The Count has come. He sat down beside me, and said in his smoothest voice as he opened two letters, "The Szgany has given me these, of which, though I know not whence they come, I shall, of course, take care. See!" — He must have looked at it. — "One is from you, and to my friend Peter Hawkins. The other," — here he caught sight of the strange symbols as he opened the envelope, and the dark look came into his face, and his eyes blazed wickedly, — "The other is a vile thing, an outrage upon friendship and hospitality! It is not signed. Well! So it cannot matter to us." And he calmly held letter and envelope in the flame of the lamp till they were consumed.
Then he went on, "The letter to Hawkins, that I shall, of course send on, since it is yours. Your letters are sacred to me. Your pardon, my friend, that unknowingly I did break the seal. Will you not cover it again?" He held out the letter to me, and with a courteous bow handed me a clean envelope.
I could only redirect it and hand it to him in silence. When he went out of the room I could hear the key turn softly. A minute later I went over and tried it, and the door was locked.
When, an hour or two after, the Count came quietly into the room, his coming awakened me, for I had gone to sleep on the sofa. He was very courteous and very cheery in his manner, and seeing that I had been sleeping, he said, "So, my friend, you are tired? Get to bed. There is the surest rest. I may not have the pleasure of talk tonight, since there are many labours to me, but you will sleep, I pray."
I passed to my room and went to bed, and, strange to say, slept without dreaming. Despair has its own calms.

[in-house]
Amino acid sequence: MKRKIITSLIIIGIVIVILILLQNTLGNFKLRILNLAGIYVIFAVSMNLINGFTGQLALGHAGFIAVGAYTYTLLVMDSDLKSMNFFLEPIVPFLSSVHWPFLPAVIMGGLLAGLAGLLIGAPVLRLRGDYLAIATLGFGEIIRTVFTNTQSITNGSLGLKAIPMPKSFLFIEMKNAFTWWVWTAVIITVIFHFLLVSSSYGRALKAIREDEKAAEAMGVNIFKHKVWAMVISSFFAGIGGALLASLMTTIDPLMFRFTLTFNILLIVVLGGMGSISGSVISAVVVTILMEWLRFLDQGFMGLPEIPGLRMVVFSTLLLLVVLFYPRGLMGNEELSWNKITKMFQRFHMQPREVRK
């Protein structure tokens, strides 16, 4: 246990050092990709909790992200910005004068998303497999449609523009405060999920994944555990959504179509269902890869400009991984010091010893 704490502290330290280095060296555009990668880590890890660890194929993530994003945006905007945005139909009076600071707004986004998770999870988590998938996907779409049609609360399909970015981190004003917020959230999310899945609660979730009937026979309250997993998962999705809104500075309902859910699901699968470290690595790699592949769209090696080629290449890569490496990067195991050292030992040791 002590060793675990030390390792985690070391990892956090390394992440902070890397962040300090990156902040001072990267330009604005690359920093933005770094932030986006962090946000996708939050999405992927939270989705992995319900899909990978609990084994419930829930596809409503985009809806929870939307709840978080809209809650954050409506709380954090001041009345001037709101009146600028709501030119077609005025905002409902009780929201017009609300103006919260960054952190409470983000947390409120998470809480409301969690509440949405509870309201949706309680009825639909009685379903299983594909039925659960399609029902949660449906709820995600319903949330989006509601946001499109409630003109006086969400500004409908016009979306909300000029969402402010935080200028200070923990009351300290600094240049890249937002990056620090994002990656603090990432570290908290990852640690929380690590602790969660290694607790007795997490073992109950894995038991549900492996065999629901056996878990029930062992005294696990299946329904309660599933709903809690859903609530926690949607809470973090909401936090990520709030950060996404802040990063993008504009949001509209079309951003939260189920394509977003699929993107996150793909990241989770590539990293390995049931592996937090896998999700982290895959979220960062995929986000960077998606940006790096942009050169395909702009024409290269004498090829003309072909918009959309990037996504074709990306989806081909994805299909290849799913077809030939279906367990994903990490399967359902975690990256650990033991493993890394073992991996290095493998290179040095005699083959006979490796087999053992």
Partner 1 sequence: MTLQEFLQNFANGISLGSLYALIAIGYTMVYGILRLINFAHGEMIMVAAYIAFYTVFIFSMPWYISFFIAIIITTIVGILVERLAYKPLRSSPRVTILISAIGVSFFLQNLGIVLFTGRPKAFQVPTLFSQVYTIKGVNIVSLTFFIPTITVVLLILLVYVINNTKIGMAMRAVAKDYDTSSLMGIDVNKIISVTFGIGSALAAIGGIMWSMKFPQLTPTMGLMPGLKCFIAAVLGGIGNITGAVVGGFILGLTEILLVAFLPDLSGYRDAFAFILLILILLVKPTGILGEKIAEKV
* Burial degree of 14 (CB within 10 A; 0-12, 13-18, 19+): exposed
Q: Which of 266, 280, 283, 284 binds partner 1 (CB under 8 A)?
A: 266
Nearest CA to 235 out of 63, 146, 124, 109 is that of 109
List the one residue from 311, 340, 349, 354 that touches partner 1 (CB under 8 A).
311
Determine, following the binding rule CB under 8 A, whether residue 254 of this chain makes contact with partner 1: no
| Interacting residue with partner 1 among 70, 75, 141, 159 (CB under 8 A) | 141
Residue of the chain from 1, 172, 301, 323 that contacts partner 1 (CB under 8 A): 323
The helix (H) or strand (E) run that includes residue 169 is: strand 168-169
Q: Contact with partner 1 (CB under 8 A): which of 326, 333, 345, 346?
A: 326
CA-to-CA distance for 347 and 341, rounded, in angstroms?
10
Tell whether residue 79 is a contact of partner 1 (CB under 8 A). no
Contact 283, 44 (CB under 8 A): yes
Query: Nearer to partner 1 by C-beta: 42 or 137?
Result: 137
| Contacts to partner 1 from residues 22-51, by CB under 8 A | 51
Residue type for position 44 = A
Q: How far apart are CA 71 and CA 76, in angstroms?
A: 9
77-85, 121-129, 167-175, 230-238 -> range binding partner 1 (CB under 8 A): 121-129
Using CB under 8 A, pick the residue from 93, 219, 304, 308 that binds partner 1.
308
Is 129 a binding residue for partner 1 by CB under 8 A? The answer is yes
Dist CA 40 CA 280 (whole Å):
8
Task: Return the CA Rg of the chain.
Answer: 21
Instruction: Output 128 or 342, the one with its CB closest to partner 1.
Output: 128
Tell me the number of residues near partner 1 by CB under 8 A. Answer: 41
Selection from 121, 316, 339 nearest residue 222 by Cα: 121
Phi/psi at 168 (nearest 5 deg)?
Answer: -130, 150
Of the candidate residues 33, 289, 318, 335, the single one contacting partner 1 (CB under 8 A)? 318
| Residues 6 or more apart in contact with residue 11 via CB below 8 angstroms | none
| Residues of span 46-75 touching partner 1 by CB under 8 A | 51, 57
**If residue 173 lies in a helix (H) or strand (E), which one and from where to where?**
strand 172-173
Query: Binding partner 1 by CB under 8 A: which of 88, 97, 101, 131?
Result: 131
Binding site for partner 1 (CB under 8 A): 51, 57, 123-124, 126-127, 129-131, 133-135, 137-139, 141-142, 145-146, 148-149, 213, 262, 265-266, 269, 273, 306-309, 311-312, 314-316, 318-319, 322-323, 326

31 May. — This morning when I woke I thought I would provide myself with some papers and envelopes from my bag and keep them in my pocket, so that I might write in case I should get an opportunity, but again a surprise, again a shock!
Every scrap of paper was gone, and with it all my notes, my memoranda, relating to railways and travel, my letter of credit, in fact all that might be useful to me were I once outside the castle. I sat and pondered awhile, and then some thought occurred to me, and I made search of my portmanteau and in the wardrobe where I had placed my clothes.
The suit in which I had travelled was gone, and also my overcoat and rug. I could find no trace of them anywhere. This looked like some new scheme of villainy . . .
17 June. — This morning, as I was sitting on the edge of my bed cudgelling my brains, I heard without a crackling of whips and pounding and scraping of horses' feet up the rocky path beyond the courtyard. With joy I hurried to the window, and saw drive into the yard two great leiter-wagons, each drawn by eight sturdy horses, and at the head of each pair a Slovak, with his wide hat, great nail-studded belt, dirty sheepskin, and high boots. They had also their long staves in hand. I ran to the door, intending to descend and try and join them through the main hall, as I thought that way might be opened for them. Again a shock, my door was fastened on the outside.
Then I ran to the window and cried to them. They looked up at me stupidly and pointed, but just then the "hetman" of the Szgany came out, and seeing them pointing to my window, said something, at which they laughed.
Henceforth no effort of mine, no piteous cry or agonized entreaty, would make them even look at me. They resolutely turned away. The leiter-wagons contained great, square boxes, with handles of thick rope. These were evidently empty by the ease with which the Slovaks handled them, and by their resonance as they were roughly moved.
When they were all unloaded and packed in a great heap in one corner of the yard, the Slovaks were given some money by the Szgany, and spitting on it for luck, lazily went each to his horse's head. Shortly afterwards, I heard the crackling of their whips die away in the distance.
24 June. — Last night the Count left me early, and locked himself into his own room. As soon as I dared I ran up the winding stair, and looked out of the window, which opened South. I thought I would watch for the Count, for there is something going on. The Szgany are quartered somewhere in the castle and are doing work of some kind. I know it, for now and then, I hear a far-away muffled sound as of mattock and spade, and, whatever it is, it must be the end of some ruthless villainy.